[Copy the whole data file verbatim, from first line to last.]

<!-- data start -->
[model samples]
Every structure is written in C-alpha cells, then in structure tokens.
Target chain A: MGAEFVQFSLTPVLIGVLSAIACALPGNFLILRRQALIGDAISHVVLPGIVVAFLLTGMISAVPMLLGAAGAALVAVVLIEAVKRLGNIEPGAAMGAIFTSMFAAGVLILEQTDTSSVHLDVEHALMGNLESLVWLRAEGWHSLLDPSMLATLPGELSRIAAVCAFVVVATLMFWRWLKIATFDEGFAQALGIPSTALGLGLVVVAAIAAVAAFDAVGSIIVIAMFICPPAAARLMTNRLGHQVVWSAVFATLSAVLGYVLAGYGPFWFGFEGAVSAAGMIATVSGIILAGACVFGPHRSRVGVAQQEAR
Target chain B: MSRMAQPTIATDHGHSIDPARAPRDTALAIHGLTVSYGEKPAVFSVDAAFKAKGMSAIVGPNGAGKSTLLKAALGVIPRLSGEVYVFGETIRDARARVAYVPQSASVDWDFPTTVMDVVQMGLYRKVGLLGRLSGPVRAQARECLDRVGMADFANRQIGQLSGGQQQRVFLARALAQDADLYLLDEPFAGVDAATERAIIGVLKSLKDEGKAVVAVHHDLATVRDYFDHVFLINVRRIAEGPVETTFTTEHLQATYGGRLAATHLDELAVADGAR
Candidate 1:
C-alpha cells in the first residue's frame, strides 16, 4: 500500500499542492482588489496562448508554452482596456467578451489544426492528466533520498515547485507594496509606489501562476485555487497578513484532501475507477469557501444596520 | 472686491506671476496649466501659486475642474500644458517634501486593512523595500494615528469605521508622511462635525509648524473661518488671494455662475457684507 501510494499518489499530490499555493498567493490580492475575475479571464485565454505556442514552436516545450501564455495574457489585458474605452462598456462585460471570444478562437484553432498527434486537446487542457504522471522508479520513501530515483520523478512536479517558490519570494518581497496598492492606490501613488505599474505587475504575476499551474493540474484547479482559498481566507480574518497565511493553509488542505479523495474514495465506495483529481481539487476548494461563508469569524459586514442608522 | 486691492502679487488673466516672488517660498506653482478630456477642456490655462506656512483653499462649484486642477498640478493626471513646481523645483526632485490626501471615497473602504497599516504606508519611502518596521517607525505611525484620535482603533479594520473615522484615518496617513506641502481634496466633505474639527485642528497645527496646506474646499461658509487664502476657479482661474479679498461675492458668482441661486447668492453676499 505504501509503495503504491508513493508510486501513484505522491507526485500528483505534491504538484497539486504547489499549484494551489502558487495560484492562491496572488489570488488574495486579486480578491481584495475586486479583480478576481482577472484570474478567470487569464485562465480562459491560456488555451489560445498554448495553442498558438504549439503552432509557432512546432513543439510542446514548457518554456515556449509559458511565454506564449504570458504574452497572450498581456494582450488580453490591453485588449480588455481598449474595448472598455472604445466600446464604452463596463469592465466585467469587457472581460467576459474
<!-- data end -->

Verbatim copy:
[model samples]
Every structure is written in C-alpha cells, then in structure tokens.
Target chain A: MGAEFVQFSLTPVLIGVLSAIACALPGNFLILRRQALIGDAISHVVLPGIVVAFLLTGMISAVPMLLGAAGAALVAVVLIEAVKRLGNIEPGAAMGAIFTSMFAAGVLILEQTDTSSVHLDVEHALMGNLESLVWLRAEGWHSLLDPSMLATLPGELSRIAAVCAFVVVATLMFWRWLKIATFDEGFAQALGIPSTALGLGLVVVAAIAAVAAFDAVGSIIVIAMFICPPAAARLMTNRLGHQVVWSAVFATLSAVLGYVLAGYGPFWFGFEGAVSAAGMIATVSGIILAGACVFGPHRSRVGVAQQEAR
Target chain B: MSRMAQPTIATDHGHSIDPARAPRDTALAIHGLTVSYGEKPAVFSVDAAFKAKGMSAIVGPNGAGKSTLLKAALGVIPRLSGEVYVFGETIRDARARVAYVPQSASVDWDFPTTVMDVVQMGLYRKVGLLGRLSGPVRAQARECLDRVGMADFANRQIGQLSGGQQQRVFLARALAQDADLYLLDEPFAGVDAATERAIIGVLKSLKDEGKAVVAVHHDLATVRDYFDHVFLINVRRIAEGPVETTFTTEHLQATYGGRLAATHLDELAVADGAR
Candidate 1:
C-alpha cells in the first residue's frame, strides 16, 4: 500500500499542492482588489496562448508554452482596456467578451489544426492528466533520498515547485507594496509606489501562476485555487497578513484532501475507477469557501444596520 | 472686491506671476496649466501659486475642474500644458517634501486593512523595500494615528469605521508622511462635525509648524473661518488671494455662475457684507 501510494499518489499530490499555493498567493490580492475575475479571464485565454505556442514552436516545450501564455495574457489585458474605452462598456462585460471570444478562437484553432498527434486537446487542457504522471522508479520513501530515483520523478512536479517558490519570494518581497496598492492606490501613488505599474505587475504575476499551474493540474484547479482559498481566507480574518497565511493553509488542505479523495474514495465506495483529481481539487476548494461563508469569524459586514442608522 | 486691492502679487488673466516672488517660498506653482478630456477642456490655462506656512483653499462649484486642477498640478493626471513646481523645483526632485490626501471615497473602504497599516504606508519611502518596521517607525505611525484620535482603533479594520473615522484615518496617513506641502481634496466633505474639527485642528497645527496646506474646499461658509487664502476657479482661474479679498461675492458668482441661486447668492453676499 505504501509503495503504491508513493508510486501513484505522491507526485500528483505534491504538484497539486504547489499549484494551489502558487495560484492562491496572488489570488488574495486579486480578491481584495475586486479583480478576481482577472484570474478567470487569464485562465480562459491560456488555451489560445498554448495553442498558438504549439503552432509557432512546432513543439510542446514548457518554456515556449509559458511565454506564449504570458504574452497572450498581456494582450488580453490591453485588449480588455481598449474595448472598455472604445466600446464604452463596463469592465466585467469587457472581460467576459474